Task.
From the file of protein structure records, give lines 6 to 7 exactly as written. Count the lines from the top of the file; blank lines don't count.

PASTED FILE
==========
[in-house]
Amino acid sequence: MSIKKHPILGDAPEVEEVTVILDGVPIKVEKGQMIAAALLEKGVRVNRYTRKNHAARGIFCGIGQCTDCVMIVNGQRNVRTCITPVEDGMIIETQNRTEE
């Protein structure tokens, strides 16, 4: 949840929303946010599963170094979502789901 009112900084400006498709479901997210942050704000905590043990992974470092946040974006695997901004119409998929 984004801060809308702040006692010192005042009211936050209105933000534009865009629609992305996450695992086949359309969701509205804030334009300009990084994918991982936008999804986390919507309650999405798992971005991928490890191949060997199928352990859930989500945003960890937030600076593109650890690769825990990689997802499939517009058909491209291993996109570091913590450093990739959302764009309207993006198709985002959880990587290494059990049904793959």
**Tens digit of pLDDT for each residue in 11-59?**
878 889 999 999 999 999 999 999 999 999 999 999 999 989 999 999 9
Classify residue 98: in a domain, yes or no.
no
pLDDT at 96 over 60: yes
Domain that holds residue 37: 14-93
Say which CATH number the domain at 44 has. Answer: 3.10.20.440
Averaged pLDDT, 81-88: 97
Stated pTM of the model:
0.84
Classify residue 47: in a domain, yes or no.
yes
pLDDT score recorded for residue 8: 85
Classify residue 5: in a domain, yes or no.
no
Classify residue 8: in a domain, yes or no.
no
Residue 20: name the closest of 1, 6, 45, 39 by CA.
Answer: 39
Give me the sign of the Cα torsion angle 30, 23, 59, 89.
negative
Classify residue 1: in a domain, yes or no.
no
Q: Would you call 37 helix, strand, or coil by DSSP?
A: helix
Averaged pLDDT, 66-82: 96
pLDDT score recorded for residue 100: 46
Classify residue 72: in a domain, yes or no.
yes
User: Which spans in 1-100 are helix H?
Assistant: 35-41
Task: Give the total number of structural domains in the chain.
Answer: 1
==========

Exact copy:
Classify residue 98: in a domain, yes or no.
no